For millions of geeks around the world, Christmas has already come with Star Wars: The Force Awakens now in theaters. Oh sure, the tree, family, and good cheer for your fellow man is important too, but knowing that the most recent Star Wars flick is not a prequel trainwreck surely puts a little spring in your step, and gives us all the ability to say hello to everyone we meet.
The seismic blockbuster capped off another year in genre and franchise entertainment where movies big and small shined brightly upon the geek. We saw, in addition to new Jedi, the return of InGen’s genetically spliced dinosaur theme park, Daniel Craig’s potentially final performance as James Bond 007, the Avengers assemble for the funniest Marvel superhero battle yet (at least until Ant-Man), and so much more.
Still, some of these films simply have risen above the rest. And having already given our picks for the 10 Best Movies of 2015, we’ve decided to throw some love to genre enthusiasts’ finest 2015 hours at the movies… enjoy!
12. The Hunger Games: Mockingjay – Part 2
The other major blockbuster of this holiday season is also one of 2015’s best franchise efforts. Offering a somber and shockingly downbeat conclusion to the popular Hunger Games saga, Mockingjay – Part 2 ends not with a triumphant rebel (or “resistance”) assault on the bad guys, but in a fog of moral ambiguity and wartime trauma.
At the center of this subversive finale is Jennifer Lawrence providing the finest of her four performances as Katniss Everdeen, the Girl on Fire. And as the revolution scorches everything she ever touched or fought for, she will literally set aflame before she finally tries to end a cycle of violence via political assassination and a call to anarchy. It’s a tremendous moment that, along with Donald Sutherland’s haunting final cackle of manipulation as the wonderfully vile President Snow, elevates The Hunger Games franchise into one of the sharpest and most unsettling blockbuster entertainments ever to open in a multiplex.
11. Mission: Impossible – Rogue Nation
Forget about Ernst Stavro Blofeld’s childhood trolling of 007, because Tom Cruise’s Ethan Hunt by far had more fun in this straightforward and winning spy adventure. Like James, Ethan goes to battle with a secret organization that poses as a global threat, but unlike his MI6 counterpart, Hunt never forgets to let his audience enjoy the ride.
From shots of Cruise really hanging onto planes during take-off to a wonderfully taut and playful Night at the Opera sequence with Simon Pegg getting in on the action, everything about Christopher McQuarrie’s screenplay and direction hits the mark, giving us the best Mission: Impossible film since 1996. And Rebecca Ferguson as Ethan’s Casablanca contact, Ilsa Faust, is worth far more than a hill of beans; in fact, she could carry her own spy movie after Rogue Nation, and we’d be all the happier for it.
10. Kingsman: The Secret Service
Yet, there was one other spy movie from 2015 that saved the world from the doldrums of early winter schlock while keeping its tongue firmly in its cheek. Proving once again that he is often the most underestimated genre director in any calendar year, Matthew Vaughn knocked moviegoers’ socks off with this gonzo and painfully English espionage action-comedy that dialed everything up to 11.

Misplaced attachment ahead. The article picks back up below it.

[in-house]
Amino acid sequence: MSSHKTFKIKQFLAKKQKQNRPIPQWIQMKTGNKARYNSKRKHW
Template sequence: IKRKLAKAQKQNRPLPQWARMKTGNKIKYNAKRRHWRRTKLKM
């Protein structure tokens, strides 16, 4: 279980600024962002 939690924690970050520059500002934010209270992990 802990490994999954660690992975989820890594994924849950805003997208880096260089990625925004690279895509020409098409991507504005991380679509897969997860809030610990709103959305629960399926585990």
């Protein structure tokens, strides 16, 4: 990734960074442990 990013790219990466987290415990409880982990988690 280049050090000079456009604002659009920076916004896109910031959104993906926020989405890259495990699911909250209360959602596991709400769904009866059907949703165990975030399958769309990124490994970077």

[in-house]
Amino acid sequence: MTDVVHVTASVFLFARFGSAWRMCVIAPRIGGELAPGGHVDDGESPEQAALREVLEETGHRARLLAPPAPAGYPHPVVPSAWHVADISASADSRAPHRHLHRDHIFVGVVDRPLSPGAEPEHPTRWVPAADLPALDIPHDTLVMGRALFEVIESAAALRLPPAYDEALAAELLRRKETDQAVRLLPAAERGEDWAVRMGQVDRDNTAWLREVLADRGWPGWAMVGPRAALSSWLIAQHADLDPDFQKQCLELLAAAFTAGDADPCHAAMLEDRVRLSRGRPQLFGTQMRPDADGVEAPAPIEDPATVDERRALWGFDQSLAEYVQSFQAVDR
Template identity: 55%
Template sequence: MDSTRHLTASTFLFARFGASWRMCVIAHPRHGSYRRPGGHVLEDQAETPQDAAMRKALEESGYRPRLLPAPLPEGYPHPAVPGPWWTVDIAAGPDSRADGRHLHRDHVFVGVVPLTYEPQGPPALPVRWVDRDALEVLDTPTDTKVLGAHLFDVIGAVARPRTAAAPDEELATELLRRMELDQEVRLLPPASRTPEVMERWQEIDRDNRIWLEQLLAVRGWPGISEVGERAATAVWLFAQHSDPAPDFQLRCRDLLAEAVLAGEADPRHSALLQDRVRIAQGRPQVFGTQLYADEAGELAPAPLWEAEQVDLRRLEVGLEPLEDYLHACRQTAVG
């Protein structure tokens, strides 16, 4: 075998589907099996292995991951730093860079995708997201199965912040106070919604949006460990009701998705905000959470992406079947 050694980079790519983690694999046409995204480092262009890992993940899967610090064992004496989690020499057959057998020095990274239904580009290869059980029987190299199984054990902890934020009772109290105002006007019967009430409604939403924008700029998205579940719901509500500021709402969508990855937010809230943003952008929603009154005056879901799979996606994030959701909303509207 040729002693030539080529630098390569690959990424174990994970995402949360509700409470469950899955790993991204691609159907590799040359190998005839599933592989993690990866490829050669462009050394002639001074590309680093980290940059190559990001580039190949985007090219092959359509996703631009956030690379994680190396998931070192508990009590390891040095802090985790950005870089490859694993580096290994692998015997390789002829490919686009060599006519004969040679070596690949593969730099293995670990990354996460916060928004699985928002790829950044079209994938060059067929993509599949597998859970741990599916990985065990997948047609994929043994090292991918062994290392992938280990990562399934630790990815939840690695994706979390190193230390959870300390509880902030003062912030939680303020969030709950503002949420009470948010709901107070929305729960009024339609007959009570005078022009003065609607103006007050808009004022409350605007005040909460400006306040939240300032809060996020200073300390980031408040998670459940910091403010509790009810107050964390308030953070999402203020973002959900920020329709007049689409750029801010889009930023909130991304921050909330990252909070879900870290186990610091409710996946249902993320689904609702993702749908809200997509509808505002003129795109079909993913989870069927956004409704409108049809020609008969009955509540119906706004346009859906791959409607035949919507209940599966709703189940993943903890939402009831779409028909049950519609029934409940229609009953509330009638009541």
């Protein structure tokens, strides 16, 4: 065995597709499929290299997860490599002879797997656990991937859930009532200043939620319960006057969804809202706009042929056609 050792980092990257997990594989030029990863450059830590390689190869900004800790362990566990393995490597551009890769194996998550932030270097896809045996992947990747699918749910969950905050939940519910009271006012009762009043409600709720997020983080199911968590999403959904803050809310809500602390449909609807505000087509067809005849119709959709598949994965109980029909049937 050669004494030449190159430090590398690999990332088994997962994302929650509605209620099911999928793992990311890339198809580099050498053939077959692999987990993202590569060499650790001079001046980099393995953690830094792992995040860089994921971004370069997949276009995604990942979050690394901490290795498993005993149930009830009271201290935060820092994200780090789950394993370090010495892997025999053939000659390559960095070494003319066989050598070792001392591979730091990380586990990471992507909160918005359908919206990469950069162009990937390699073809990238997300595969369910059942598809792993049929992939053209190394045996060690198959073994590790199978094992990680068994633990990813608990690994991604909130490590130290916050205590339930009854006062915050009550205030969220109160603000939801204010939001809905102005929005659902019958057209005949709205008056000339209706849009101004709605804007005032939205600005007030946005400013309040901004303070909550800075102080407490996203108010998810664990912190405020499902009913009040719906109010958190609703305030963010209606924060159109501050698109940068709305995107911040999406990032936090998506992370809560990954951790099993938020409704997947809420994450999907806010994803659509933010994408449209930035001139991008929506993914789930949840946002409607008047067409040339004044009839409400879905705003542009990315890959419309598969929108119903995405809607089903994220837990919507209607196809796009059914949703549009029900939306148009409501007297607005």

A throwback to the days when 007 had a Roger Moore twinkle in his eye, and a pun on his lips, Kingsman plays like an ultra-violent late ‘60s/1970s Bond film while also joyfully tipping its hat to The Avengers, The Man from U.N.C.L.E., The Ipcress File, and probably plenty more that I missed. Colin Firth has never looked so amused as he is as this droll, erudite, gentleman superspy that even in his death throes can still spare the world from what appeared to be about a hundred or so potential Trump voters in that church. This movie also marks the star-making turn for Taron Egerton.
Now this is how you make a cinematic martini!
9. Star Wars: The Force Awakens
Undoubtedly, placing this film anywhere lower than the number one spot on this list is sacrilege to some. But please consider for a moment how much higher this is than the prequels would have placed in their respective years, and all of a sudden it looks like stunning progress!
Star Wars: The Force Awakens is clearly the biggest film of the year and is in many respects a great success for director J.J. Abrams, who capitalized on a multigenerational sense of nostalgia to craft a rollicking throwback to adventure thrillers from a more innocent, earnest era in pop culture. He also superbly casts a new generation of characters with Daisy Ridley as Rey, John Boyega as Finn, Oscar Isaac as Poe Dameron, and especially Adam Driver as Kylo Ren (the less said about Snoke, the better).
Yet, the film is perhaps fueled by too much nostalgia at times. In its attempts to recapture the magic of the original Star Wars, The Force Awakens often rushes and fumbles through the same narrative beats, particularly in the third act where an aerial fight to destroy a planet-sized not-a-Death-Star feels perfunctory, and the film ends not on the awe of grand mythmaking like the original trilogy, but on a TV scaled conflict with a final cliffhanger scene that would not be misplaced on Lost.
Nevertheless, despite its flaws, The Force Awakens is still a triumph of craftsmanship and transparent passion from all involved; it manifests a new cast of characters that are instantly endearing and rebuilds a galaxy that hasn’t seen a good cinematic adventure since 1983. It really is a moviegoing experience that can feel out-of-this-world.
Still, when perfectly executed, the old ways sometimes remain the best. In that vein, Creed is a standalone reboot that also just so happens to be the most enjoyable Rocky sequel ever made. Fresh off their career-making collaboration with the searing Fruitvale Station, director Ryan Coogler and star Michael B. Jordan unexpectedly resurrect this boxing franchise for at least one more shot at the franchise championship title.
Jordan ensures his movie star bonafides in the role of Adonis “Creed” Johnson, the illegitimate son of Apollo Creed who has something to prove to the world and to himself. And he does it by enlisting an aging Rocky Balboa. In the singular role that both made him a star and continues to prove his talent, Sylvester Stallone gives one of his finer turns as his lovable southpaw alter-ego. And the contrast between a Philly cruiser like Balboa and the well-off Adonis, who still has a chip on his shoulder, makes for an appropriately poignant and occasionally uplifting buddy film that goes the distance. It delivers nostalgia with a familiar formula while also standing on its own two feet.